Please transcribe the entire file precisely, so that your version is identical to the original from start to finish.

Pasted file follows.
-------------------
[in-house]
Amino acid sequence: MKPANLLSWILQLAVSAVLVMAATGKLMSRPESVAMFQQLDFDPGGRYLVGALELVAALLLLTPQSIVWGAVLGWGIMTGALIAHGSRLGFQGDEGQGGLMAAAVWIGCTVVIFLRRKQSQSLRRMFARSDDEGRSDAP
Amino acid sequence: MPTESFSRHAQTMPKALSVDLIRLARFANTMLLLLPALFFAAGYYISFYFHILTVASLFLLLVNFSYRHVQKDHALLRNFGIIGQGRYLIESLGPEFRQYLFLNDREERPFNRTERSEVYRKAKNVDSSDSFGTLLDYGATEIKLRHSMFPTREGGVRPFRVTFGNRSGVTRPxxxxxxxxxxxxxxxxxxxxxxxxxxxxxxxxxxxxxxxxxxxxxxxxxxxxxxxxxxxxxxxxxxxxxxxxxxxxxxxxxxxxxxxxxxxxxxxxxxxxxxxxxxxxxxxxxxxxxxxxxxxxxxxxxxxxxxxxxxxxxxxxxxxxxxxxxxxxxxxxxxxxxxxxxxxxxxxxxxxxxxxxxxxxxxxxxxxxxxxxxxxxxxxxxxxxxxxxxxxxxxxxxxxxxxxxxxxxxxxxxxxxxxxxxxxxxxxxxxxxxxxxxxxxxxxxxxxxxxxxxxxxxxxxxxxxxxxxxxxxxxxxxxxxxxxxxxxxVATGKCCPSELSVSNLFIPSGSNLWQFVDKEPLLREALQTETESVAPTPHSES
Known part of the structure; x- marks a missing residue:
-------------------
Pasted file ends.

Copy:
[in-house]
Amino acid sequence: MKPANLLSWILQLAVSAVLVMAATGKLMSRPESVAMFQQLDFDPGGRYLVGALELVAALLLLTPQSIVWGAVLGWGIMTGALIAHGSRLGFQGDEGQGGLMAAAVWIGCTVVIFLRRKQSQSLRRMFARSDDEGRSDAP
Amino acid sequence: MPTESFSRHAQTMPKALSVDLIRLARFANTMLLLLPALFFAAGYYISFYFHILTVASLFLLLVNFSYRHVQKDHALLRNFGIIGQGRYLIESLGPEFRQYLFLNDREERPFNRTERSEVYRKAKNVDSSDSFGTLLDYGATEIKLRHSMFPTREGGVRPFRVTFGNRSGVTRPxxxxxxxxxxxxxxxxxxxxxxxxxxxxxxxxxxxxxxxxxxxxxxxxxxxxxxxxxxxxxxxxxxxxxxxxxxxxxxxxxxxxxxxxxxxxxxxxxxxxxxxxxxxxxxxxxxxxxxxxxxxxxxxxxxxxxxxxxxxxxxxxxxxxxxxxxxxxxxxxxxxxxxxxxxxxxxxxxxxxxxxxxxxxxxxxxxxxxxxxxxxxxxxxxxxxxxxxxxxxxxxxxxxxxxxxxxxxxxxxxxxxxxxxxxxxxxxxxxxxxxxxxxxxxxxxxxxxxxxxxxxxxxxxxxxxxxxxxxxxxxxxxxxxxxxxxxxxVATGKCCPSELSVSNLFIPSGSNLWQFVDKEPLLREALQTETESVAPTPHSES
Known part of the structure; x- marks a missing residue: